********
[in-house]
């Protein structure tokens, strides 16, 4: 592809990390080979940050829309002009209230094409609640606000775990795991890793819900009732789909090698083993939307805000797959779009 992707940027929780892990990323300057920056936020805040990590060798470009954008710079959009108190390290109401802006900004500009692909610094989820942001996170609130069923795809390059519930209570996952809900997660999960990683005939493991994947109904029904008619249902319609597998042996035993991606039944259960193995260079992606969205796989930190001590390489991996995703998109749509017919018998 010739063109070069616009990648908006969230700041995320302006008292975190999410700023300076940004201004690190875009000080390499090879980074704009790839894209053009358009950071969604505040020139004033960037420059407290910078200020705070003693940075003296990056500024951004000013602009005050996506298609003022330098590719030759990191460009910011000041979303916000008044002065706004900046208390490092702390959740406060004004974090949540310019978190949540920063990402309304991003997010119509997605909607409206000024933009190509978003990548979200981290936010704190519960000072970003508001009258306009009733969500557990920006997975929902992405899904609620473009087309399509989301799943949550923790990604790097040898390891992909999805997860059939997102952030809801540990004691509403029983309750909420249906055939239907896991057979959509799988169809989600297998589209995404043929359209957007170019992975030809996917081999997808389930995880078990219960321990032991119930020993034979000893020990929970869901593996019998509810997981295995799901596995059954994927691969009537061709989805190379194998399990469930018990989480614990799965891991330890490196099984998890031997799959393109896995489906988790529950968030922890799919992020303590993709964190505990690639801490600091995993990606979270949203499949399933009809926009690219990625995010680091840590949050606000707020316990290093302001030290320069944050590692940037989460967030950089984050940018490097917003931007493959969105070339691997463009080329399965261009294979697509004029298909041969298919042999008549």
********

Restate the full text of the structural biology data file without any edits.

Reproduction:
[in-house]
């Protein structure tokens, strides 16, 4: 592809990390080979940050829309002009209230094409609640606000775990795991890793819900009732789909090698083993939307805000797959779009 992707940027929780892990990323300057920056936020805040990590060798470009954008710079959009108190390290109401802006900004500009692909610094989820942001996170609130069923795809390059519930209570996952809900997660999960990683005939493991994947109904029904008619249902319609597998042996035993991606039944259960193995260079992606969205796989930190001590390489991996995703998109749509017919018998 010739063109070069616009990648908006969230700041995320302006008292975190999410700023300076940004201004690190875009000080390499090879980074704009790839894209053009358009950071969604505040020139004033960037420059407290910078200020705070003693940075003296990056500024951004000013602009005050996506298609003022330098590719030759990191460009910011000041979303916000008044002065706004900046208390490092702390959740406060004004974090949540310019978190949540920063990402309304991003997010119509997605909607409206000024933009190509978003990548979200981290936010704190519960000072970003508001009258306009009733969500557990920006997975929902992405899904609620473009087309399509989301799943949550923790990604790097040898390891992909999805997860059939997102952030809801540990004691509403029983309750909420249906055939239907896991057979959509799988169809989600297998589209995404043929359209957007170019992975030809996917081999997808389930995880078990219960321990032991119930020993034979000893020990929970869901593996019998509810997981295995799901596995059954994927691969009537061709989805190379194998399990469930018990989480614990799965891991330890490196099984998890031997799959393109896995489906988790529950968030922890799919992020303590993709964190505990690639801490600091995993990606979270949203499949399933009809926009690219990625995010680091840590949050606000707020316990290093302001030290320069944050590692940037989460967030950089984050940018490097917003931007493959969105070339691997463009080329399965261009294979697509004029298909041969298919042999008549």